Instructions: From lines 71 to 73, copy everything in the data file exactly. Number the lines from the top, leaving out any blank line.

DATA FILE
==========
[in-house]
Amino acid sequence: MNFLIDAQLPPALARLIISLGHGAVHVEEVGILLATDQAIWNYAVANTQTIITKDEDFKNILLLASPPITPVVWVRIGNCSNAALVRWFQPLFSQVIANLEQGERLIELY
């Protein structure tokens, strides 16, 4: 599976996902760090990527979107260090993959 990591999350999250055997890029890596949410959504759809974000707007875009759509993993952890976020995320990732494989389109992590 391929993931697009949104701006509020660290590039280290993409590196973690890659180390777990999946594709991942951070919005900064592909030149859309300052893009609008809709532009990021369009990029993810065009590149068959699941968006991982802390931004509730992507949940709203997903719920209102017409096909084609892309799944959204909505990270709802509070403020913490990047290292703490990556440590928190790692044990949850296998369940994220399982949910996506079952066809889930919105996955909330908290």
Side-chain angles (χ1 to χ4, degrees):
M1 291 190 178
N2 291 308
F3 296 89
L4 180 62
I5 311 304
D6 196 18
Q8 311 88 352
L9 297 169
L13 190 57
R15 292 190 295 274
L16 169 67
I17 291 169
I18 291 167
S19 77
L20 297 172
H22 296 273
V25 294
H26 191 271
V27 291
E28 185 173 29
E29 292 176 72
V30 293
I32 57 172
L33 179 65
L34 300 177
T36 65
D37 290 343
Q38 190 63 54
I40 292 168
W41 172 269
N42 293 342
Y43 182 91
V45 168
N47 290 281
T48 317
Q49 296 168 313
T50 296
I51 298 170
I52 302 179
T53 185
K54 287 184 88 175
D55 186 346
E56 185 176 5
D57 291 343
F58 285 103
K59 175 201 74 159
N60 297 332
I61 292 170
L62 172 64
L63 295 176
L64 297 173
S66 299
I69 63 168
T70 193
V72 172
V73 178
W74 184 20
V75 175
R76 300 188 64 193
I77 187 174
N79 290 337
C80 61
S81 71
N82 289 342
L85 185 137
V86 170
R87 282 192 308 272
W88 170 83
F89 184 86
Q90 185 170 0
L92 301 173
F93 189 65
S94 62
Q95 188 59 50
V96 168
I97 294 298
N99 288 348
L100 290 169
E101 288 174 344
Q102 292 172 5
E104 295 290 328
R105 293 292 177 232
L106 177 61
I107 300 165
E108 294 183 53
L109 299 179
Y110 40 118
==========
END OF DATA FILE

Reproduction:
R87 282 192 308 272
W88 170 83
F89 184 86